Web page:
From the Associated Press
KNOXVILLE, Tenn. (AP) — A Tennessee couple has filed an excessive force lawsuit against the city of Knoxville and three of its police officers, who were seen on dashcam video pulling the handcuffed man from a cruiser and putting him in a chokehold.
John and Kelli Gorghis claim the officers violated John Gorgis’ rights, The Knoxville News Sentinel reported.
The officers, Jason Kalmanek, Matthew Speiser and Preston Tucker, responded to the couple’s home on June 13, 2019, after neighbors called and said the couple was fighting, the newspaper reported, citing a police report.
The officers said John Gorghis initially resisted arrest and assaulted Tucker when he slammed Tucker’s fingers into the front door.
In a report, Tucker said he used “directional control” to put Gorghis on the ground but Gorghis said Tucker slammed his face onto the floor.
Video wasn’t taken inside the home because Knoxville police aren’t outfitted with body cameras.
Dashcam video shows the officers, who are all white, put the handcuffed Gorghis, who is also white, into the patrol vehicle, but about 20 minutes later, they pulled him out and slammed him to the ground.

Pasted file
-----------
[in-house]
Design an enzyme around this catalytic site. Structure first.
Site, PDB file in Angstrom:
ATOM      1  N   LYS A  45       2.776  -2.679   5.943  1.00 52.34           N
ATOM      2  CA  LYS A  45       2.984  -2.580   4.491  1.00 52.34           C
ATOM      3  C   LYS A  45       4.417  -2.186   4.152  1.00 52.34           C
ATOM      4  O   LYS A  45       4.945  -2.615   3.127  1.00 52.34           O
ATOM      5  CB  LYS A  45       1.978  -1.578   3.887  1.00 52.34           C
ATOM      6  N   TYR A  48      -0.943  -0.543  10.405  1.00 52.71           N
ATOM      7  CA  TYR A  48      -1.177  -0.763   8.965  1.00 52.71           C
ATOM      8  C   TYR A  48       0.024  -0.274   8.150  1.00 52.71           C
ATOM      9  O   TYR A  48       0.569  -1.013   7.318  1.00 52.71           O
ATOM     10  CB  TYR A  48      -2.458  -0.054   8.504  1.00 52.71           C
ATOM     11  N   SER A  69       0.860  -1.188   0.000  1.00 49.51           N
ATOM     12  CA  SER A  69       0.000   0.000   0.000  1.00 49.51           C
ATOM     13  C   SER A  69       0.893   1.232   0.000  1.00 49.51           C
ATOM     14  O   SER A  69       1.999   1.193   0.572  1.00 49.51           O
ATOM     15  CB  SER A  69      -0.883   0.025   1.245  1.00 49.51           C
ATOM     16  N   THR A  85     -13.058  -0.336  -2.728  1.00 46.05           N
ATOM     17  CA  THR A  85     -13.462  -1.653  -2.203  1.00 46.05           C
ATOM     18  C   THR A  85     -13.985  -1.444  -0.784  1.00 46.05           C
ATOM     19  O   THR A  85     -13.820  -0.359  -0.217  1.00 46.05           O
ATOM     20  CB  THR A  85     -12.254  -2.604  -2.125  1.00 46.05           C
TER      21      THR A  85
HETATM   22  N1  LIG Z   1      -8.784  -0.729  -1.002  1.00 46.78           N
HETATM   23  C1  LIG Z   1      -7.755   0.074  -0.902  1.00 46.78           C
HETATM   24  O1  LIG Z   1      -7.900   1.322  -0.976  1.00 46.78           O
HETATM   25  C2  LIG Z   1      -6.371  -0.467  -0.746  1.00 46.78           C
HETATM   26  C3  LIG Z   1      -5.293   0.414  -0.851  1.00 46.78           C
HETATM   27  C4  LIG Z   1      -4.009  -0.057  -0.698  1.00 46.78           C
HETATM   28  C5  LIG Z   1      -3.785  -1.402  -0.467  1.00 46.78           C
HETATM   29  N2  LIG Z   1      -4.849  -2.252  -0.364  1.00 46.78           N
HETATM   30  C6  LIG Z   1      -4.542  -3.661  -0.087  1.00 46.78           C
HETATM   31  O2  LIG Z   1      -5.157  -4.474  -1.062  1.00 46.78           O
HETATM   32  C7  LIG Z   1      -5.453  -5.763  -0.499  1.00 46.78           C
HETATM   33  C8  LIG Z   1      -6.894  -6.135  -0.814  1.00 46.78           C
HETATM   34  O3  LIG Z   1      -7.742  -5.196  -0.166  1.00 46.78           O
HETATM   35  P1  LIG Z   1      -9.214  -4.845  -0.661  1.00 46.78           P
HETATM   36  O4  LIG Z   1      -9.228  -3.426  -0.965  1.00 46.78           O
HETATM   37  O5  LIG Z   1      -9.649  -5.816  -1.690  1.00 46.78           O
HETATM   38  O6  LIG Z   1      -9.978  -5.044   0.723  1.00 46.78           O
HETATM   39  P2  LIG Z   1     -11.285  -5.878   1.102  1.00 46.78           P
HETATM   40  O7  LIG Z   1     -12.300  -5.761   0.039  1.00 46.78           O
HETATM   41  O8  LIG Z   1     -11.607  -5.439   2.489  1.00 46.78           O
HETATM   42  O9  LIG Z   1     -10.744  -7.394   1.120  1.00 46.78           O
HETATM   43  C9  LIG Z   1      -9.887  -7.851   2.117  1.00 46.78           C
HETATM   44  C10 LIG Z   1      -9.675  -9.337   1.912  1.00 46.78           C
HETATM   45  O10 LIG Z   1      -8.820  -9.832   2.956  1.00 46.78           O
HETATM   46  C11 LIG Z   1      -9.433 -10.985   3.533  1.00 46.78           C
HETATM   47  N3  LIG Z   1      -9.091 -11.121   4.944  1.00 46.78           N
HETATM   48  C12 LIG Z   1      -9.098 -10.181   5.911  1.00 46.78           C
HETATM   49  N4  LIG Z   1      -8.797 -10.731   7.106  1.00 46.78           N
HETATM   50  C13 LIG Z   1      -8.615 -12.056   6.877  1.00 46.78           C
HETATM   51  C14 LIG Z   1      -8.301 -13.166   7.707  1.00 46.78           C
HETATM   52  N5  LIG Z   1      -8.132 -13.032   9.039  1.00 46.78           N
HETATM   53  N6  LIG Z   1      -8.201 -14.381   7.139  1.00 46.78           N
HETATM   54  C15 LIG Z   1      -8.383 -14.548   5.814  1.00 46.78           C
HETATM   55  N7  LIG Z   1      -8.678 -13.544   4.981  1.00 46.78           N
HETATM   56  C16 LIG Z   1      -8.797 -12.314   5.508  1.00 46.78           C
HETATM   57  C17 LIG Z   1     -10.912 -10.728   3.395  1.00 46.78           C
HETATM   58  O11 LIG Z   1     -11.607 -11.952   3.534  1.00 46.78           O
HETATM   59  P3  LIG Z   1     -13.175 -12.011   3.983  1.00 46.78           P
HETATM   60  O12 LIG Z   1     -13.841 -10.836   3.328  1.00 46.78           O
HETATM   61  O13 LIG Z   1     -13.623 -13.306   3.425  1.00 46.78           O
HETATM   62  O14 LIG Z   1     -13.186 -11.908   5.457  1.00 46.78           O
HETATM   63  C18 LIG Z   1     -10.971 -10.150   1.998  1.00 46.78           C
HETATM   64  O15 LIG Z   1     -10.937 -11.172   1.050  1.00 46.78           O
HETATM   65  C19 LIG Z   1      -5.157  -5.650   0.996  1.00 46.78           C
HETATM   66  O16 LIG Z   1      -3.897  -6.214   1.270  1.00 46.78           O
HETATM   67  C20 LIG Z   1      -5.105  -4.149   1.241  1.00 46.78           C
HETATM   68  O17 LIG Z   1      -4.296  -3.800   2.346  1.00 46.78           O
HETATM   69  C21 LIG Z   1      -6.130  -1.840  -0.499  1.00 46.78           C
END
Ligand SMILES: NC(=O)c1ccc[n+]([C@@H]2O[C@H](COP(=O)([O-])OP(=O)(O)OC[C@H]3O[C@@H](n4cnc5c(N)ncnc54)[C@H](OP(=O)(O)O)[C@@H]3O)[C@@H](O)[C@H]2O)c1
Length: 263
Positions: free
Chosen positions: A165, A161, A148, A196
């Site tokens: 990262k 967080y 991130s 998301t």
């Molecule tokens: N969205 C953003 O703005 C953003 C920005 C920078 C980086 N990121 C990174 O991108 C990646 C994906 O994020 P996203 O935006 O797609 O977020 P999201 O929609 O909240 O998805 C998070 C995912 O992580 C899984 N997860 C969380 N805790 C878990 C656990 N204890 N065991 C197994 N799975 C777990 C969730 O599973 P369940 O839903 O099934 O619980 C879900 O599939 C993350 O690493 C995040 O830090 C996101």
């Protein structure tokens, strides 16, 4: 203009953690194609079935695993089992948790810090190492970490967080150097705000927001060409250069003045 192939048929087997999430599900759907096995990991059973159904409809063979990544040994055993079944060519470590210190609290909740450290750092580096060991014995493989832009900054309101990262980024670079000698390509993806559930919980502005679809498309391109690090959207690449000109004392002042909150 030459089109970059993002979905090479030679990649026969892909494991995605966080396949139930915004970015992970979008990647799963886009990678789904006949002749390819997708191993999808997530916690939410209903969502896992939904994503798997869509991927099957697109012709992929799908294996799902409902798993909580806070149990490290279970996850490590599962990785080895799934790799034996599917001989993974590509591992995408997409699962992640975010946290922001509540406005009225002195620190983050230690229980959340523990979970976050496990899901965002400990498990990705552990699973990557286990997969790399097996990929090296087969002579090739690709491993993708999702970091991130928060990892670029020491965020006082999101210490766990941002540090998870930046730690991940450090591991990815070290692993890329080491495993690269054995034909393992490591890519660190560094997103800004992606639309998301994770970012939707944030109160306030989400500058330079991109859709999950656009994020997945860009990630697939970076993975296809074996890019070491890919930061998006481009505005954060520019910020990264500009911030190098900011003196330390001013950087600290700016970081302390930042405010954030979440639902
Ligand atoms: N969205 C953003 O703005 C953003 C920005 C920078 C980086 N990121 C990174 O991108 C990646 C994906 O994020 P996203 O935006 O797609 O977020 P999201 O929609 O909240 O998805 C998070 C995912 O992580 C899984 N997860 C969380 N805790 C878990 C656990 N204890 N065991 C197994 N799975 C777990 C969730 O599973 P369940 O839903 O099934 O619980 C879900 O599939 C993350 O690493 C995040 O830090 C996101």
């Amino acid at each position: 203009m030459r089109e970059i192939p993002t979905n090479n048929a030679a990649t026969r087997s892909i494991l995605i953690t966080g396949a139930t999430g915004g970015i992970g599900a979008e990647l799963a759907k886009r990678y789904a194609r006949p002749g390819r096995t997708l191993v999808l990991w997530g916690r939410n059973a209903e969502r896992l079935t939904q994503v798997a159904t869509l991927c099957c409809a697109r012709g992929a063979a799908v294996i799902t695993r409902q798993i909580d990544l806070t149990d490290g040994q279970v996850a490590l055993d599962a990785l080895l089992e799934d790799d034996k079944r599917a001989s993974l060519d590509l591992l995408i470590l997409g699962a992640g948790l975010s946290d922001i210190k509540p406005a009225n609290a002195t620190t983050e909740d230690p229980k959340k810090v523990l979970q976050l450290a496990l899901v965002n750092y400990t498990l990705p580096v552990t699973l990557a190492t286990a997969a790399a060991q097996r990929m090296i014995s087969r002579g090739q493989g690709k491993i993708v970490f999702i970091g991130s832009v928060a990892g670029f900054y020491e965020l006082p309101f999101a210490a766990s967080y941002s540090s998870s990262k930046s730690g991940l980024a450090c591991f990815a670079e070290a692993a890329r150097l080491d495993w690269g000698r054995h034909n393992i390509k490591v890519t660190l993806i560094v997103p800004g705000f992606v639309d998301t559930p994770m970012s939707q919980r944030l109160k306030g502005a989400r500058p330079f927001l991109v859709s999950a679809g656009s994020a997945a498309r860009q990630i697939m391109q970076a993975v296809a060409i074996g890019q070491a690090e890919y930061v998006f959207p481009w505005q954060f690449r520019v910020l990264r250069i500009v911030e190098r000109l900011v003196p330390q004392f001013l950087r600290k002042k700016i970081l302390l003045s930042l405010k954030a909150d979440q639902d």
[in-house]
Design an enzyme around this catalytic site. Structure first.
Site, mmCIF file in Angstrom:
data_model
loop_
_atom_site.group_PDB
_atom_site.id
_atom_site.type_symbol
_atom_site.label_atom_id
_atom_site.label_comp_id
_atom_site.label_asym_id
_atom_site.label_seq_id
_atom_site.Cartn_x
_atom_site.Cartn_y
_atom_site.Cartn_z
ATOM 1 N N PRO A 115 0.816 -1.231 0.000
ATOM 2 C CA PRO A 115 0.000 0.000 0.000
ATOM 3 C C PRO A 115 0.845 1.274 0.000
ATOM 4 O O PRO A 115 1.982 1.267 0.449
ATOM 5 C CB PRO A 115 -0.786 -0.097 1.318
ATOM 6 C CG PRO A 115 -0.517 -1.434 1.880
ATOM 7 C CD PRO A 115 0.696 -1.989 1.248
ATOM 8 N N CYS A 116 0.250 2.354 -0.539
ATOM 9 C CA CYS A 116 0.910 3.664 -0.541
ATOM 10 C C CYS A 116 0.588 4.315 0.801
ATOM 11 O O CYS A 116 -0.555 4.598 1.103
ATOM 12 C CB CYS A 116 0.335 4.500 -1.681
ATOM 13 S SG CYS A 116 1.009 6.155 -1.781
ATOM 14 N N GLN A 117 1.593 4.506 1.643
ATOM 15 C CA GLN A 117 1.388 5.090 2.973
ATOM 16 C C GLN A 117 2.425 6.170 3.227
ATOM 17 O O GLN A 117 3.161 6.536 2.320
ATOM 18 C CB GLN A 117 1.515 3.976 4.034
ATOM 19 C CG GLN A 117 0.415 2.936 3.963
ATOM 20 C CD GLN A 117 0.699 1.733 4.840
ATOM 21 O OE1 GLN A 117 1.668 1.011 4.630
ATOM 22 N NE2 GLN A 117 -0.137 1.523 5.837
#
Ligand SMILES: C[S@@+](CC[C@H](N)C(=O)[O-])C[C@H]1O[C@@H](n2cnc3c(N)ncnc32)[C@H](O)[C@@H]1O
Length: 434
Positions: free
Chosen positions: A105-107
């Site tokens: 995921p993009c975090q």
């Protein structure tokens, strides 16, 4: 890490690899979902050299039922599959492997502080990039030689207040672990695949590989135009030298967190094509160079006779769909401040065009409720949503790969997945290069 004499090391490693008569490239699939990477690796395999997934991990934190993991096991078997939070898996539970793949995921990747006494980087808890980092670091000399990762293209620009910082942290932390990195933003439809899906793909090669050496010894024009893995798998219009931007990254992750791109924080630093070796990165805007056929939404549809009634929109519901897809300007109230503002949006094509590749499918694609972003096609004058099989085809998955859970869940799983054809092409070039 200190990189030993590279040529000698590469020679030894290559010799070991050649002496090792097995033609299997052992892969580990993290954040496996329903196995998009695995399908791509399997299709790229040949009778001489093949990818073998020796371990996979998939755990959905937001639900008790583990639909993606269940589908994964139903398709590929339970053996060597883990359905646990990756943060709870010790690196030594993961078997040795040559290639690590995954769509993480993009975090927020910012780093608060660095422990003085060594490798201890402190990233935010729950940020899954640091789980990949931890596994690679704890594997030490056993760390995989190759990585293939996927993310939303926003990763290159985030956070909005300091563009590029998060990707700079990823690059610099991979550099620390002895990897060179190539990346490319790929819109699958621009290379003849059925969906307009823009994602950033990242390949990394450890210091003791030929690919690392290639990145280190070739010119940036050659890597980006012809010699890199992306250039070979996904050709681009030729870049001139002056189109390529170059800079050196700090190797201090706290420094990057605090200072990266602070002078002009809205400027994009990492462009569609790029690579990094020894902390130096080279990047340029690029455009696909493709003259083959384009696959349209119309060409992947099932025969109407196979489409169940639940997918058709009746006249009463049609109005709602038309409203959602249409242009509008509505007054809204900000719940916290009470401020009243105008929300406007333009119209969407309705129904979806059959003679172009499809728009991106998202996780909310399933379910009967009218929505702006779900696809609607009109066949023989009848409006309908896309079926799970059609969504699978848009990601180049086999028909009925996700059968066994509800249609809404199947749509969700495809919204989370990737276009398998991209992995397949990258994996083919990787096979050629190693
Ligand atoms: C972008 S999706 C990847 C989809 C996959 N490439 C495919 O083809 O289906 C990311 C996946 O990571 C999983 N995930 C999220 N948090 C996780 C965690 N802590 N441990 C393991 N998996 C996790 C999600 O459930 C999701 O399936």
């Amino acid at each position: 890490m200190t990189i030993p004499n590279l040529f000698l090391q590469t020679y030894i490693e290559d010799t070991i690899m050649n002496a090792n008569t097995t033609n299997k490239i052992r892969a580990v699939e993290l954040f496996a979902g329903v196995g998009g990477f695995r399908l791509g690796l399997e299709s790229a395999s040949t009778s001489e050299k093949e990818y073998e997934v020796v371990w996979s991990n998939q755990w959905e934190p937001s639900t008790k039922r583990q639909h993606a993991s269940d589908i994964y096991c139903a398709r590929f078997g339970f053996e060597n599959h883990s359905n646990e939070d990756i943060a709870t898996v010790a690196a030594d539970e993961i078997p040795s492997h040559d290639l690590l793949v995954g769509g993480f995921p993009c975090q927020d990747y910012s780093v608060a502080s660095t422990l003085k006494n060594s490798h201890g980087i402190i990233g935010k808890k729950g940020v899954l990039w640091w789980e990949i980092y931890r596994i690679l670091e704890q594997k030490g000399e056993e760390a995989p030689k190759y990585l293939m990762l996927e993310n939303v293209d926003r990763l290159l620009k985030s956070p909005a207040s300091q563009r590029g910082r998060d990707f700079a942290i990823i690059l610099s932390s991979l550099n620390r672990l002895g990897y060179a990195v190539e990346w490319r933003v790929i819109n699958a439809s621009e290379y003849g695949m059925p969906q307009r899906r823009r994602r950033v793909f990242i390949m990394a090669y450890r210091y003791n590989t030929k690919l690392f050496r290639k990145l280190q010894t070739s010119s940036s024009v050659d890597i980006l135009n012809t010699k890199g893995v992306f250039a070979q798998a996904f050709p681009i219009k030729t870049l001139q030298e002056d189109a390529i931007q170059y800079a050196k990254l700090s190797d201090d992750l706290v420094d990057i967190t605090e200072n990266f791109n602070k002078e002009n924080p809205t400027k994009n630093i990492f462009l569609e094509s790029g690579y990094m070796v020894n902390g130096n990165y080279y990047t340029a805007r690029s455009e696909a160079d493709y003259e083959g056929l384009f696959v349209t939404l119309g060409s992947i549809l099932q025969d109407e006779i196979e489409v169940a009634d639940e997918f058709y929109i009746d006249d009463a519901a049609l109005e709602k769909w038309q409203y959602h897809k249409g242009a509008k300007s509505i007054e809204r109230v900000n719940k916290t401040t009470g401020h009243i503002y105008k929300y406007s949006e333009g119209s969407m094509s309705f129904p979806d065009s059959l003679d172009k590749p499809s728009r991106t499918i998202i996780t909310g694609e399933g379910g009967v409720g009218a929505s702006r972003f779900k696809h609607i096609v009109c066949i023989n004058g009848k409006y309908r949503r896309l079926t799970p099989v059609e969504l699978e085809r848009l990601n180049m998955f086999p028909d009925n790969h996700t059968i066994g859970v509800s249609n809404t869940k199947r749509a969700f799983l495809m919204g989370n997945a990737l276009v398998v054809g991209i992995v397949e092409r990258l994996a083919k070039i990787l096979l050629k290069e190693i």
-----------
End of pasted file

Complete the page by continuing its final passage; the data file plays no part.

In the video, one of the officers put his arm around Gorghis’ neck. Gorghis said the officer was choking him and another was holding his nose. The officers told Gorghis they were trying to rearrange Gorghis’ handcuffs from the front of his body to the back.
Tucker wrote a use-of-force report that mentioned Gorghis being taken down inside the home but didn’t mention the second incident seen in the dashcam video. The report was reviewed and approved by a supervisor and the internal affairs unit.
Knoxville Police Department spokesperson Scott Erland no officers were disciplined nor was there an internal affairs investigation.
Erland declined to comment on the pending litigation.
On Friday, the Knoxville Police Department announced that they would no longer use chokehold techniques. The announcement comes amid the death of George Floyd in Minneapolis, who died while in police custody after an officer knelt on his neck for seven minutes and 46 seconds.